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How Boston hardcore changed rock music

From the ashes of the violent 90s Boston hardcore scene rose a group of bands who would change rock music forever. This is their story.

While 1980s LA had Black Flag, New York was famed for Agnostic Front and Cro-Mags, and Washington DC boasted Bad Brains and Minor Threat, Boston’s output was lower key. Gang Green, Negative FX, DYS and many other bands released on independent label Taang Records during that period are not as familiar, and SS Decontrol are perhaps better known for their militant, straight-edge stance than their music. But their impact was just as keenly felt, and would spawn a whole new Boston scene.

“I wasn’t old enough to see those bands, but also wasn’t young enough to not have them as mandatory listening when getting into hardcore,” says Wes Eisold, who would go on to form American Nightmare. “SSD, DYS, Slapshot, [1982’s] This Is Boston Not L.A. compilation, Siege... they were all tapes I had in high school.”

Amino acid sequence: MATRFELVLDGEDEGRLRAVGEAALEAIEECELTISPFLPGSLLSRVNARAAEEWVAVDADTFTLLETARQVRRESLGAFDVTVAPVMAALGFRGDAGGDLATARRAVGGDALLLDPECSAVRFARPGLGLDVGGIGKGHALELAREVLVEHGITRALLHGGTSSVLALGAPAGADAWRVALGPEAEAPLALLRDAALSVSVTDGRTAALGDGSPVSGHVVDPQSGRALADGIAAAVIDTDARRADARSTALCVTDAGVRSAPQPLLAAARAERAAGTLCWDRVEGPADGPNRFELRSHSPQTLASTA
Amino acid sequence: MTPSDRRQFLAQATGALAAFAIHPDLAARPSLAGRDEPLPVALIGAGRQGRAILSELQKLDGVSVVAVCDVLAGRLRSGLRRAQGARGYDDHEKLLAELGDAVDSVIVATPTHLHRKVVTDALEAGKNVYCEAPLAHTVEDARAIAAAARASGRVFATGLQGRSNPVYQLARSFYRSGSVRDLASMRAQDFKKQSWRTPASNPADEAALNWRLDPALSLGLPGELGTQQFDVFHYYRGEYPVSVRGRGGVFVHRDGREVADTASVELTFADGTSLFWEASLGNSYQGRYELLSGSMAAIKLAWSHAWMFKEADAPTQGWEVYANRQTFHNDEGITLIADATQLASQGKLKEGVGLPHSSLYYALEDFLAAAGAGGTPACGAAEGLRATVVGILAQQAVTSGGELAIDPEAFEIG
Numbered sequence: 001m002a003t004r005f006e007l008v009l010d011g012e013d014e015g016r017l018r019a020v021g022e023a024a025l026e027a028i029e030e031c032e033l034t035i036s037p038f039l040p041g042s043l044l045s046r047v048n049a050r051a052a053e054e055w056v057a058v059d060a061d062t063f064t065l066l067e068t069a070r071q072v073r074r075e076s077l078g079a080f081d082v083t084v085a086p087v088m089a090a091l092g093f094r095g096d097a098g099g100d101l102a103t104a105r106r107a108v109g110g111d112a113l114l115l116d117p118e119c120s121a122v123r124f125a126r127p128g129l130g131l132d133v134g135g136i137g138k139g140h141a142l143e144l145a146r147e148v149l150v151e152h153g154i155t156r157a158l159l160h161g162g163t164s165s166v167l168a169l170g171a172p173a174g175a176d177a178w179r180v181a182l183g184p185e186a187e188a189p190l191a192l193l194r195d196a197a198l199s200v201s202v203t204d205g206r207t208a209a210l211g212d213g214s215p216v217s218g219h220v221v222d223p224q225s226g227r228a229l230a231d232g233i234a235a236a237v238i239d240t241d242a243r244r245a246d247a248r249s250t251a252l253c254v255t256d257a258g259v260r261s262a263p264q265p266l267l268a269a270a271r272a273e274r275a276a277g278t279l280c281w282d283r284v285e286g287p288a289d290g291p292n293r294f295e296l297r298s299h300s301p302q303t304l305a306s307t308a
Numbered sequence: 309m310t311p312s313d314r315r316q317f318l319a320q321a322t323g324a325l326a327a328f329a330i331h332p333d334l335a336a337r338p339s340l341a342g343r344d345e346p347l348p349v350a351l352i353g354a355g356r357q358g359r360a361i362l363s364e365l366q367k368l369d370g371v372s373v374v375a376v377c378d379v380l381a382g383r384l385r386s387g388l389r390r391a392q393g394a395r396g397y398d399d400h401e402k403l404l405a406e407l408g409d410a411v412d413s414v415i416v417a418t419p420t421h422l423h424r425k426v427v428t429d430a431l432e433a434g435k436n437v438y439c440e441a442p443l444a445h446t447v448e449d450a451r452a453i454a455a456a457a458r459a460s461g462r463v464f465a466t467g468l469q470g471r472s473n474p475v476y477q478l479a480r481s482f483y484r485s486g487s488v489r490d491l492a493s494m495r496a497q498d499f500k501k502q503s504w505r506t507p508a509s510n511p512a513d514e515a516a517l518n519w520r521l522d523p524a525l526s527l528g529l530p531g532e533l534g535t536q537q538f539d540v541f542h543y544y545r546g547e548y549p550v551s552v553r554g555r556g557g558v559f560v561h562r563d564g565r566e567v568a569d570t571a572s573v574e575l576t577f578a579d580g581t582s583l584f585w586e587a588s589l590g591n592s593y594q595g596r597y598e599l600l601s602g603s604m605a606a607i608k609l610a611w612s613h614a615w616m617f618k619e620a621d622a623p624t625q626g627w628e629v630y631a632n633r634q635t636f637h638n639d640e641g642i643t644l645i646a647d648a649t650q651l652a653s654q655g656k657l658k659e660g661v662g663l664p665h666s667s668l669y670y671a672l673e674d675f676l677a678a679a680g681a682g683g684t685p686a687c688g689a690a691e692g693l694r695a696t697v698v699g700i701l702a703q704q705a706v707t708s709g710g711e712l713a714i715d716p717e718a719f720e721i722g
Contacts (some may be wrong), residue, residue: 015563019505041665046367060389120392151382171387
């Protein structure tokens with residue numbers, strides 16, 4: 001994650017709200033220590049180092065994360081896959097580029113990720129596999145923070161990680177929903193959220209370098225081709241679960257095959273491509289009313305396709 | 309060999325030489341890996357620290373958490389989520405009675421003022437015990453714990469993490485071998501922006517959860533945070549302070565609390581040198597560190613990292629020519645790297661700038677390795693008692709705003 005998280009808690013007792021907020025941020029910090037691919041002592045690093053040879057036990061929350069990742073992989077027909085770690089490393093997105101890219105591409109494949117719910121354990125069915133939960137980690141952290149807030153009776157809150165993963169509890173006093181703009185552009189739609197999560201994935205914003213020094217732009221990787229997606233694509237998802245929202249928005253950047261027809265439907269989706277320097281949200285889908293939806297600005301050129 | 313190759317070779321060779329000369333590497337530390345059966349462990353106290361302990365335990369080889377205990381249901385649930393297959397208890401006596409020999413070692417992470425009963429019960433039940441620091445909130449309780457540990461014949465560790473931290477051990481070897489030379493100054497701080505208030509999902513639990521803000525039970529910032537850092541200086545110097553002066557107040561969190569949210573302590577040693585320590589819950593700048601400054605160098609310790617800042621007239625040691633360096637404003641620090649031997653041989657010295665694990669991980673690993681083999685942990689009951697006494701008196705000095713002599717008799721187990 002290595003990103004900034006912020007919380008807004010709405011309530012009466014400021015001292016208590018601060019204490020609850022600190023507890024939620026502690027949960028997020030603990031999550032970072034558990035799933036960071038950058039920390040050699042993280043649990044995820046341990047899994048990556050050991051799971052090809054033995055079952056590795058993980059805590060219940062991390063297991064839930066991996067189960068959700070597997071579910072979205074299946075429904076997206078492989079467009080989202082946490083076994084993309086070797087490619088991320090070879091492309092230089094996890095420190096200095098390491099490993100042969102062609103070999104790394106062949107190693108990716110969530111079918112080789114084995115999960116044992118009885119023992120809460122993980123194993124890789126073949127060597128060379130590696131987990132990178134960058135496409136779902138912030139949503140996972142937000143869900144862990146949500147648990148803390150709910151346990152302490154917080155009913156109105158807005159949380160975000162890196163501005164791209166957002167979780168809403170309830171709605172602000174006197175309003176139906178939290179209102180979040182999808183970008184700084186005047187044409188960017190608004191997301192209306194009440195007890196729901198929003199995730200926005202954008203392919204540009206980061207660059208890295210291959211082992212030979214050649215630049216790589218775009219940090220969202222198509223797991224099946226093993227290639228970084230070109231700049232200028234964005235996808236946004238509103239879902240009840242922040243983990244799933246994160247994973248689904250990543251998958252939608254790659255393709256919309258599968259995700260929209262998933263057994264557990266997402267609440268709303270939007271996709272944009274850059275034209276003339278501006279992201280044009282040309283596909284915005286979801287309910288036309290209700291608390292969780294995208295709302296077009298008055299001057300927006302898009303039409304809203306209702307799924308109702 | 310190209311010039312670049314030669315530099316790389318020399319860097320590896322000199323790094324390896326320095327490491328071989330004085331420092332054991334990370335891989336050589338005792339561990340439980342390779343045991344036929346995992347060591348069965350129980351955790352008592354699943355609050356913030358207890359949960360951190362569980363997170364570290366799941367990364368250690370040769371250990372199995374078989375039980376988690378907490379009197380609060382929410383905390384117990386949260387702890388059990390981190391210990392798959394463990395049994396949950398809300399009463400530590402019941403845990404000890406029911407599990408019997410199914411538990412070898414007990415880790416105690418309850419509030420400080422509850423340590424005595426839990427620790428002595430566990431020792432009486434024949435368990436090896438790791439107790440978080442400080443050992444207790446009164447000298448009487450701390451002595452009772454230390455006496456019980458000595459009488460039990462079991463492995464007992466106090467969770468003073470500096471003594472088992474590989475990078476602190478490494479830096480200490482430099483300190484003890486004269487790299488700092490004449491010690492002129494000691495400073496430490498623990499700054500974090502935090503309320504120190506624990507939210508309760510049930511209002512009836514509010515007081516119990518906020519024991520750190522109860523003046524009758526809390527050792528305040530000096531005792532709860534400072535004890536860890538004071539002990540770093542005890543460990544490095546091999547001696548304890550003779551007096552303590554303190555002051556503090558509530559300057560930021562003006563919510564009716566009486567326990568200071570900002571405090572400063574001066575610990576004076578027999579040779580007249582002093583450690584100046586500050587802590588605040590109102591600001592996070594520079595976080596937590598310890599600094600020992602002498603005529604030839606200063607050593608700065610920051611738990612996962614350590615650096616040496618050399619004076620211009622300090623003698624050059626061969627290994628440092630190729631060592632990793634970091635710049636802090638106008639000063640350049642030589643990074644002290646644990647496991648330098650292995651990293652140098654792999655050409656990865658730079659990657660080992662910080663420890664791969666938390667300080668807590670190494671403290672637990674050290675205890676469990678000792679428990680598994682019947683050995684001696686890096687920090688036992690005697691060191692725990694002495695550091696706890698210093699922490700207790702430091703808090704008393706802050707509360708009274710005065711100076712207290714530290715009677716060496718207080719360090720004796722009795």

Ultimately, though, there was one thing the Boston hardcore scene was famous for: violence. Stephen Brodsky, who’d later form Cave In, remembers his earliest experiences of local hardcore shows in the late 80s at a place called the Red Barn in North Andover, an hour north of town. He and his best friend were metalheads, and the crowd didn’t take kindly to them.

“The older hardcore kids didn’t like the looks of us, and we got targeted with some dumb violent shit,” he says. “My guess is that by the time Boston found its wave, not only was the city ready to claim its due, but it did so with a force of such rabid anger and intensity that instigated sheer violence and hostility – which definitely adds a certain fire to this story.”

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